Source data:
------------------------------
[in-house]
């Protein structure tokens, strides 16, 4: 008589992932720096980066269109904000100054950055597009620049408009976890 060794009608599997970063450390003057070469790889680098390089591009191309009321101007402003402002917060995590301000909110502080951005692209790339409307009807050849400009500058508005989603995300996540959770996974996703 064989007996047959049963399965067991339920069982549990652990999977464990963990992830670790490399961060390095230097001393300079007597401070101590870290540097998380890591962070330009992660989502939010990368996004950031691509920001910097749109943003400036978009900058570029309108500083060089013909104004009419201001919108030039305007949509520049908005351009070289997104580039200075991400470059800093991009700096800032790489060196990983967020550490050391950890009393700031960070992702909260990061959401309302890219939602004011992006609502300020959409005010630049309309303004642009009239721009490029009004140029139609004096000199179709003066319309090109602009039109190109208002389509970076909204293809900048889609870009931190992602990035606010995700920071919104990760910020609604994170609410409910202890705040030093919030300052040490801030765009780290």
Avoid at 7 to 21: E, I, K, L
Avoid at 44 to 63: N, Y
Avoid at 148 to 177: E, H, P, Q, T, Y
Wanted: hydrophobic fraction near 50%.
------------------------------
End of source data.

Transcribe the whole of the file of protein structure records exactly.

[in-house]
């Protein structure tokens, strides 16, 4: 008589992932720096980066269109904000100054950055597009620049408009976890 060794009608599997970063450390003057070469790889680098390089591009191309009321101007402003402002917060995590301000909110502080951005692209790339409307009807050849400009500058508005989603995300996540959770996974996703 064989007996047959049963399965067991339920069982549990652990999977464990963990992830670790490399961060390095230097001393300079007597401070101590870290540097998380890591962070330009992660989502939010990368996004950031691509920001910097749109943003400036978009900058570029309108500083060089013909104004009419201001919108030039305007949509520049908005351009070289997104580039200075991400470059800093991009700096800032790489060196990983967020550490050391950890009393700031960070992702909260990061959401309302890219939602004011992006609502300020959409005010630049309309303004642009009239721009490029009004140029139609004096000199179709003066319309090109602009039109190109208002389509970076909204293809900048889609870009931190992602990035606010995700920071919104990760910020609604994170609410409910202890705040030093919030300052040490801030765009780290």
Avoid at 7 to 21: E, I, K, L
Avoid at 44 to 63: N, Y
Avoid at 148 to 177: E, H, P, Q, T, Y
Wanted: hydrophobic fraction near 50%.